JACKSON, Miss. (AP) — Mississippi lawmakers have passed a bill that would require any doctor performing abortions at an abortion clinic to be a board-certified OB-GYN with admitting privileges at a local hospital. The state's sole abortion clinic, in Jackson, said the bill could shut them down.
Senators passed the bill Wednesday by a large majority, but it was held for the possibility of more debate. It passed the House on March 13.
Republican Gov. Phil Bryant said Tuesday that he intends to sign the bill into law once it hits his desk.
Clinic owner Diane Derzis told The Associated Press that all of the physicians on her staff are OB-GYN certified, but only one has admitting privileges to a local hospital.
Derzis said it is difficult for the clinic's doctors to obtain admitting privileges because hospitals usually do not grant this status to out of state physicians. She said the doctors live out of state because they are routinely threatened and stalked for their work.
"It takes a real commitment to women's health at great personal sacrifice," Derzis said.
Derzis said the clinic has a patient transfer agreement with a local hospital, which ensures a woman will be admitted if needed.
University of Mississippi Medical Center spokesman Tom Fortner said that although the hospital will only give admitting privileges physicians on the school's faculty, they will not deny a patient in urgent need of care.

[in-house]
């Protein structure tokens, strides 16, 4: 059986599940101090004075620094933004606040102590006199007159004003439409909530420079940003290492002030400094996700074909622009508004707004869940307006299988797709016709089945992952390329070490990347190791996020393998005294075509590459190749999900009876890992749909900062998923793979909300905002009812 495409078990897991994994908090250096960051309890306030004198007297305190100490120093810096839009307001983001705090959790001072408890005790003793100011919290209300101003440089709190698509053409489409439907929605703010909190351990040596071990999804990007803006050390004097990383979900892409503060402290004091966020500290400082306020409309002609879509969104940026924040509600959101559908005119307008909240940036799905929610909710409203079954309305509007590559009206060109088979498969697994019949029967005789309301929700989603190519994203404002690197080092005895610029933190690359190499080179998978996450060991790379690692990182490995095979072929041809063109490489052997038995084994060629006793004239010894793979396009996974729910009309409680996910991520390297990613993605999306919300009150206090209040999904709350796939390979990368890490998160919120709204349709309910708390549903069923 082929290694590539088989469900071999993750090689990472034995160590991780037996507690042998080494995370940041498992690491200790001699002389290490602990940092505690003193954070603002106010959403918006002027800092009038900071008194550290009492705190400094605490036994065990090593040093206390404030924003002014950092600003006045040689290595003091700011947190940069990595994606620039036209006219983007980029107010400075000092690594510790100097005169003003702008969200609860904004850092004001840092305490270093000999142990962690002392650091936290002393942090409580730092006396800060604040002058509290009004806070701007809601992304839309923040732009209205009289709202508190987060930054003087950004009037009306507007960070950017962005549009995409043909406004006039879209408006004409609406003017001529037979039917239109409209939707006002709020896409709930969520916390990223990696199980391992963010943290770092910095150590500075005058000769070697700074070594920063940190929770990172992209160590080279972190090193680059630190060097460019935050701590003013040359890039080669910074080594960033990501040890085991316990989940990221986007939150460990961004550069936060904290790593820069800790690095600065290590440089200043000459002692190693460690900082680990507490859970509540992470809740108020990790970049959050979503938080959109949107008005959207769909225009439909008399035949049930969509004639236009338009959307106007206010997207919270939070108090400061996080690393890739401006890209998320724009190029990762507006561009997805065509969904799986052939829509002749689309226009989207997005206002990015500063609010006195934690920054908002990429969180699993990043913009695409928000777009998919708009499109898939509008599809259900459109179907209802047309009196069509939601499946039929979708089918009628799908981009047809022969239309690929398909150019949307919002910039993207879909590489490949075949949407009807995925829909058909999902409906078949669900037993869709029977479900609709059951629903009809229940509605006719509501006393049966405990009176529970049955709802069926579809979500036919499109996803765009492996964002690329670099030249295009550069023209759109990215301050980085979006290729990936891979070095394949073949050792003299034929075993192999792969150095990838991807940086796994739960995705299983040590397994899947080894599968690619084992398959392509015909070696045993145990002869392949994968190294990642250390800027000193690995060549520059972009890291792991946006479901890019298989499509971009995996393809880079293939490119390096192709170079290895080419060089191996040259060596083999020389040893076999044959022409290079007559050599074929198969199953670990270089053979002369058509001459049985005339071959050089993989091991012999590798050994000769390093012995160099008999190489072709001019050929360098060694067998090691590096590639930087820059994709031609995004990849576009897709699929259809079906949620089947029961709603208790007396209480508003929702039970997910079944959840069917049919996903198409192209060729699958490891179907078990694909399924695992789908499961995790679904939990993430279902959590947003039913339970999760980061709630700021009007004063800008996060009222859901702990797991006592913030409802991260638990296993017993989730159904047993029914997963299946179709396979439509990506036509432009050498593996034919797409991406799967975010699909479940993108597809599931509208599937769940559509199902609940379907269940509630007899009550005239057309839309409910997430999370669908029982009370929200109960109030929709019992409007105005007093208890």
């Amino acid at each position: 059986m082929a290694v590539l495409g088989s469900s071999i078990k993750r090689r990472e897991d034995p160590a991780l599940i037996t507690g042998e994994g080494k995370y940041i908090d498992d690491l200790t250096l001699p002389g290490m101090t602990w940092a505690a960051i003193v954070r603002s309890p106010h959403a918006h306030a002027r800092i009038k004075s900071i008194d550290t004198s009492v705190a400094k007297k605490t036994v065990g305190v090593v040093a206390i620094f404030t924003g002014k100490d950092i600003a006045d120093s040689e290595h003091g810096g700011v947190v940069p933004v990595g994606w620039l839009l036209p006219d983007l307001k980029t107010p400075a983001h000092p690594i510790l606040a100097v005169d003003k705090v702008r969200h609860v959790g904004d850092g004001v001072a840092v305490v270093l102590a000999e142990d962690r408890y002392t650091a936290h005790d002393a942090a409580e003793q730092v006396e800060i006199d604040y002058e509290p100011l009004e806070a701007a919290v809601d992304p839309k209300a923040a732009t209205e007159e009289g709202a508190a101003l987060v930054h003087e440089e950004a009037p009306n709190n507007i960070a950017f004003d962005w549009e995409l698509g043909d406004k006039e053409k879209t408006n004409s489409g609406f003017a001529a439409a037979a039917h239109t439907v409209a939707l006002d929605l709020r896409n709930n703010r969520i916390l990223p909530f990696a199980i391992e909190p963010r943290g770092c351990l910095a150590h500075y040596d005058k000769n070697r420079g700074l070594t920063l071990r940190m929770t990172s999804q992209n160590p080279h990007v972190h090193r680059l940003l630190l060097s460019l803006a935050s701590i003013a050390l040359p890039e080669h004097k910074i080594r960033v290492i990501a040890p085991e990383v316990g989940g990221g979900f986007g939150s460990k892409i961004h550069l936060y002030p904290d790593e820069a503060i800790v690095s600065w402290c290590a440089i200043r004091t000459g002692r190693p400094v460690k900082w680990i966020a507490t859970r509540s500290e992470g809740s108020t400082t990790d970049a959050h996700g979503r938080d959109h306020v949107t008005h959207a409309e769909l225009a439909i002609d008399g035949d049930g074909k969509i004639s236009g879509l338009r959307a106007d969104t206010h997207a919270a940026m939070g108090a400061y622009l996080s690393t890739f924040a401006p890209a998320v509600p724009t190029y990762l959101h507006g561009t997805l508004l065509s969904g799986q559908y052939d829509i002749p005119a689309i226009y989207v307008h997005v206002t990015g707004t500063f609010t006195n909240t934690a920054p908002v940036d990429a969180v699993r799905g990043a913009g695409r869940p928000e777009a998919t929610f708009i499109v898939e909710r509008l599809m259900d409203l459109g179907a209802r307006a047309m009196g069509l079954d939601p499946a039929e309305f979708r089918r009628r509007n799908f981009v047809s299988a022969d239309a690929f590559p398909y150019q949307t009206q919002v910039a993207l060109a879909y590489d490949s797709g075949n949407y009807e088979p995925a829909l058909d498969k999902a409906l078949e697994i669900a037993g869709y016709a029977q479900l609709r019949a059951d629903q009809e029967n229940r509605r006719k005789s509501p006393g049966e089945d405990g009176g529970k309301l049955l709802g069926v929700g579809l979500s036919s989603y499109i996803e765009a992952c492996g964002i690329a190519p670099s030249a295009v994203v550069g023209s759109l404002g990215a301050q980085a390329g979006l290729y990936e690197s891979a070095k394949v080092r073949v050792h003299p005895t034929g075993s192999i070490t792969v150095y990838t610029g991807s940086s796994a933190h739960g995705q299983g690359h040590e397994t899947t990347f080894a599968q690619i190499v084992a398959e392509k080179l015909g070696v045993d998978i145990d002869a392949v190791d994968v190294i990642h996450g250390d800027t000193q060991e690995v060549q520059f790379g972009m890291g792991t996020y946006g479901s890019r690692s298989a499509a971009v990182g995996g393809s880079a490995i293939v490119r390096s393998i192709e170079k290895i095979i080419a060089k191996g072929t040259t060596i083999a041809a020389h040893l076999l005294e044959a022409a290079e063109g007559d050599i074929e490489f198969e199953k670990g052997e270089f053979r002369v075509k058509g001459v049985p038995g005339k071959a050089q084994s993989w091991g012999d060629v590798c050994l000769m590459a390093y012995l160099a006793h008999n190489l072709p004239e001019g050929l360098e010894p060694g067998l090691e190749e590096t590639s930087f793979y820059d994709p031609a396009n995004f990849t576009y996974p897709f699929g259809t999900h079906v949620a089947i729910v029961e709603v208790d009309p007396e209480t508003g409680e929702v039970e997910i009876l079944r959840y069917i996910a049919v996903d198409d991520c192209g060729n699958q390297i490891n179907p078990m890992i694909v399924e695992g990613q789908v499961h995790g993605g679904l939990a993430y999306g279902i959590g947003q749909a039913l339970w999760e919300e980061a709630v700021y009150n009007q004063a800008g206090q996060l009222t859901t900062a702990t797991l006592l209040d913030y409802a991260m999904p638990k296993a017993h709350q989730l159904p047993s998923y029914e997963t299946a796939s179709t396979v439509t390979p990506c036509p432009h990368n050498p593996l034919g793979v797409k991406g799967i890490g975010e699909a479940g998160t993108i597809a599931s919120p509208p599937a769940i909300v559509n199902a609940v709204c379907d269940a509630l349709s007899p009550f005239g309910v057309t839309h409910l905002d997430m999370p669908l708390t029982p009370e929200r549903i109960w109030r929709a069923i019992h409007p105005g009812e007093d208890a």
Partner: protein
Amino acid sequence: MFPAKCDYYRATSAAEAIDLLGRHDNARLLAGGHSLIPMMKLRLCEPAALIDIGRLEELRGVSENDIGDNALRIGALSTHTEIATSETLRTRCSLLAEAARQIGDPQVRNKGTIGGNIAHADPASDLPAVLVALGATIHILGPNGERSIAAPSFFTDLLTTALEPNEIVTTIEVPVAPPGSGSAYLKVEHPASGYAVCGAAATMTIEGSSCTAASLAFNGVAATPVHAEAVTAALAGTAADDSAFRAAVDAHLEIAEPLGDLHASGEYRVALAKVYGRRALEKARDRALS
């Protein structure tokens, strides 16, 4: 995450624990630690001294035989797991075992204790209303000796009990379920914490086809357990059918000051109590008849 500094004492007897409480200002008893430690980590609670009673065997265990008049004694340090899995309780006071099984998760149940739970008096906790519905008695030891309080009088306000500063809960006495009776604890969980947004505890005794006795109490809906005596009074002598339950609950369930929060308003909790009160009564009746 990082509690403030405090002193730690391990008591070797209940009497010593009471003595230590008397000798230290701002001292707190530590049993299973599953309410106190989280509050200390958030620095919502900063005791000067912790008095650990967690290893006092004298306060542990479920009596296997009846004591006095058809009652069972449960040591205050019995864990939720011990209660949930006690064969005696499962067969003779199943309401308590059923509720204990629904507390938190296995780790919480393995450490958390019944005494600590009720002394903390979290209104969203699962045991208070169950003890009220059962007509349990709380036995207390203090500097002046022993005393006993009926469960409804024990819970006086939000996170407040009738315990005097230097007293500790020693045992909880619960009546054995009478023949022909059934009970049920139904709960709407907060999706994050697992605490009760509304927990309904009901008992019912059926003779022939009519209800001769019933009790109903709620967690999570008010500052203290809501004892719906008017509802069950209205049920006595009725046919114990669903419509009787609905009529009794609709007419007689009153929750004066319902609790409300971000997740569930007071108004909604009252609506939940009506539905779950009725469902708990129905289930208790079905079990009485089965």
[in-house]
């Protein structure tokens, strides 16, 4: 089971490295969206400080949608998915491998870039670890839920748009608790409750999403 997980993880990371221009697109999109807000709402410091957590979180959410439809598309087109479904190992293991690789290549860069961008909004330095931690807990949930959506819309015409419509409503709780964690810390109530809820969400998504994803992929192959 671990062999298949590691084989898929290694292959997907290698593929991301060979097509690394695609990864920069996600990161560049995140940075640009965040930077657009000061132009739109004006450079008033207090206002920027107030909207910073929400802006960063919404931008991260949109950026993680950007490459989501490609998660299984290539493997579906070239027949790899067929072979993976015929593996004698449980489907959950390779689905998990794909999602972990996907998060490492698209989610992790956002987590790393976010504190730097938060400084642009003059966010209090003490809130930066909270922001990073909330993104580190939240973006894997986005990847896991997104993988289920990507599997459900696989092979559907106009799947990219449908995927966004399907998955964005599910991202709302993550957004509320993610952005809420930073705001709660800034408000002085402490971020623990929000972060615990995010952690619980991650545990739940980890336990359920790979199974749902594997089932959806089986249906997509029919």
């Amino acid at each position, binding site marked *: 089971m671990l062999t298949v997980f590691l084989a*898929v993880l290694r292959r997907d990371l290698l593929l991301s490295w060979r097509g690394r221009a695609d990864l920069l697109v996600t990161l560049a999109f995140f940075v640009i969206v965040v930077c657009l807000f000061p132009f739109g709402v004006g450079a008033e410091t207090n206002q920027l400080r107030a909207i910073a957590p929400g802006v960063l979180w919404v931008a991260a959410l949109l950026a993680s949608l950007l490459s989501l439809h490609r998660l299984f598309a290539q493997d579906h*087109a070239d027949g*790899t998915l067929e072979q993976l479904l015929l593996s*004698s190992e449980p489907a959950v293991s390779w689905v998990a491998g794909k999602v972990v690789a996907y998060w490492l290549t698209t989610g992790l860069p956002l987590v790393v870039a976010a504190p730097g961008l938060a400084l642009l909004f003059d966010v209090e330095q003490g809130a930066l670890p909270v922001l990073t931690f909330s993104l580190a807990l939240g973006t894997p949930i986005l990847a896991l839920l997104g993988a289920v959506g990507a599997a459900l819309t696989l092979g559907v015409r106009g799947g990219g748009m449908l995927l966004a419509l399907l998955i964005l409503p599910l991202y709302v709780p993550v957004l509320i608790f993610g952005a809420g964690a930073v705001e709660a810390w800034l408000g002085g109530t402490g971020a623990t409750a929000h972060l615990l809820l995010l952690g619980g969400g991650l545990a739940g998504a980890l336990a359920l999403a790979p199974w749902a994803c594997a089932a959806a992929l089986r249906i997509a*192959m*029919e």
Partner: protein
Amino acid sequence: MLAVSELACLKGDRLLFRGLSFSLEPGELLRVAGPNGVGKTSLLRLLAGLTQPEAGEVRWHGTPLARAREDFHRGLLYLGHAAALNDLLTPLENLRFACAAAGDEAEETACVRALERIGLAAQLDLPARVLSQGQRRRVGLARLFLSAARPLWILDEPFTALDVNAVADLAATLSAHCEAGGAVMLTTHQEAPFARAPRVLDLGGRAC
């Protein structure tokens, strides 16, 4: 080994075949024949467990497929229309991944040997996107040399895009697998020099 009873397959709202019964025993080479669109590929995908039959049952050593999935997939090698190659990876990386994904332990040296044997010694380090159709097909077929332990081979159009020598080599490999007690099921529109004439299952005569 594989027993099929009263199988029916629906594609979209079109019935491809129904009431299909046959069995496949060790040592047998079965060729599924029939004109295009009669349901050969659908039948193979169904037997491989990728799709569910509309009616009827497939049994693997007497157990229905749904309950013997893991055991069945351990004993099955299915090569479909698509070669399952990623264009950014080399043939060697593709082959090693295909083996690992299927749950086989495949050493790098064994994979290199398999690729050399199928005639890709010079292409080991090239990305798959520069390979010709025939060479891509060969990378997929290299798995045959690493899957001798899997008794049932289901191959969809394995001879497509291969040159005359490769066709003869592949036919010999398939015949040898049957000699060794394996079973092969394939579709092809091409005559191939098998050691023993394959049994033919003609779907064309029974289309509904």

Sen. Kenny Wayne Jones, D-Canton, asked Senate Public Health Committee Chairman Dean Kirby, R-Pearl, whether putting more regulations on the abortion clinic could cause it close, and whether that could then cause women to try to perform their own abortions.
"That's what we're trying to stop here, the coat-hanger abortions," Kirby said, referring to the abortion clinic. "The purpose of this bill is to stop back-room abortions."
Kirby also told the Senate he believed none of the physicians at the clinic would have met the requirements, which Derzis says is untrue.
Sen. Derrick Simmons, D-Greenville, called Kirby unprepared to speak on the bill.
"It came up during the debate that Chairman Kirby was considerably uninformed about the facts and data regarding the bill he presented," Simmons said.
Jones, Simmons, Sen. David Jordan, D-Greenwood, and Sen. John Horhn D-Jackson, are all members of the black caucus and all spoke against the bill. The legislators focused on the issue of gender and racial equality surrounding the abortion issue.
"People who have resources can do certain things," Jordan said, referring to private or out of state abortions that are more accessible to the wealthy. "I've got enough gray matter to know that women have got to have the ability to make these decisions themselves."
Jones called the bill a "backroom approach" to taking away women's rights.
"If you've locked a woman in the house, are you protecting her from society, or are you taking her rights away?" Jones asked Kirby.
"I think you're breaking the law," Kirby replied. Kirby said the purpose of the bill is to increase safety for the state's women and he is in favor of a woman's right to choose abortion in case of rape, incest or life endangerment.
Bill author Rep. Sam Mims V, R-McComb, said he believes life begins at conception and hopes the bill will result in fewer abortions.
Mims said he was "very pleased" the bill had passed the Senate.Tags: